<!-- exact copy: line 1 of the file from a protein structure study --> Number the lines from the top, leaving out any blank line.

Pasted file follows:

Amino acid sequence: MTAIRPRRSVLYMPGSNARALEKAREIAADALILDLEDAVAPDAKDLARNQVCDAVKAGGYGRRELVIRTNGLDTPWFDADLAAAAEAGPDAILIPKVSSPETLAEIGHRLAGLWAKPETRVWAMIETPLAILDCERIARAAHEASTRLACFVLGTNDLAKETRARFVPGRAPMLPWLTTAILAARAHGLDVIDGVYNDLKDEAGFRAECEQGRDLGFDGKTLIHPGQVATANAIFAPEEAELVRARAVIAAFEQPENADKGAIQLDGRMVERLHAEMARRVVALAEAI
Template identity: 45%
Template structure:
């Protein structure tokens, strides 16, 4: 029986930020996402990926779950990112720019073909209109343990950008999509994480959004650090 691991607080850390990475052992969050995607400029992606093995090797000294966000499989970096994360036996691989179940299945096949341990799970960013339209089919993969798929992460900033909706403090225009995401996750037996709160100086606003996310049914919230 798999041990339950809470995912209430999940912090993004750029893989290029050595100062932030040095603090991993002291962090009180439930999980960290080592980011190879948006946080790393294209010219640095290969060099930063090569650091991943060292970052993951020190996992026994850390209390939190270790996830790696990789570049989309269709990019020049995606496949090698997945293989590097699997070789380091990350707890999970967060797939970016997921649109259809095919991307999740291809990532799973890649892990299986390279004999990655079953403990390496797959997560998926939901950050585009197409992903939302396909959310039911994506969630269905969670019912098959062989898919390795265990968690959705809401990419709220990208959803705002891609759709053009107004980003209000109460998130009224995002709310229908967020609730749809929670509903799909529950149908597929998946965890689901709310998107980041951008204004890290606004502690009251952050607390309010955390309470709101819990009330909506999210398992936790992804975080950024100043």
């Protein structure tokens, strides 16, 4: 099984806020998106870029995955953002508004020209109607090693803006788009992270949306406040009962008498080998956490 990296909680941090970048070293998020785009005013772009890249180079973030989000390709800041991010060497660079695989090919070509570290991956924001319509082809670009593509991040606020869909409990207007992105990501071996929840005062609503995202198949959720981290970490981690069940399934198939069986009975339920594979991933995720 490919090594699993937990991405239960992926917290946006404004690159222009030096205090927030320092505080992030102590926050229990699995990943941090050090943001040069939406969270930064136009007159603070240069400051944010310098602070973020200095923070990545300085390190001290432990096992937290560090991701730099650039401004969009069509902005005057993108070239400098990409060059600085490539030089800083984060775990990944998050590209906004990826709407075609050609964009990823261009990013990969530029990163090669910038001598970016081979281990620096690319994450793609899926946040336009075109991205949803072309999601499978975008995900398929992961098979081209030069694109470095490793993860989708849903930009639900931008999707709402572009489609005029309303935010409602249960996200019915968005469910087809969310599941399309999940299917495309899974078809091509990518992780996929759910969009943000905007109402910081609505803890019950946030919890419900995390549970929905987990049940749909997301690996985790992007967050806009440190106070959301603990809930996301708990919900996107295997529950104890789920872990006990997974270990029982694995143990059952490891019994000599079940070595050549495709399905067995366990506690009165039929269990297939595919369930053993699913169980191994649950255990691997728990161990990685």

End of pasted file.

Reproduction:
Amino acid sequence: MTAIRPRRSVLYMPGSNARALEKAREIAADALILDLEDAVAPDAKDLARNQVCDAVKAGGYGRRELVIRTNGLDTPWFDADLAAAAEAGPDAILIPKVSSPETLAEIGHRLAGLWAKPETRVWAMIETPLAILDCERIARAAHEASTRLACFVLGTNDLAKETRARFVPGRAPMLPWLTTAILAARAHGLDVIDGVYNDLKDEAGFRAECEQGRDLGFDGKTLIHPGQVATANAIFAPEEAELVRARAVIAAFEQPENADKGAIQLDGRMVERLHAEMARRVVALAEAI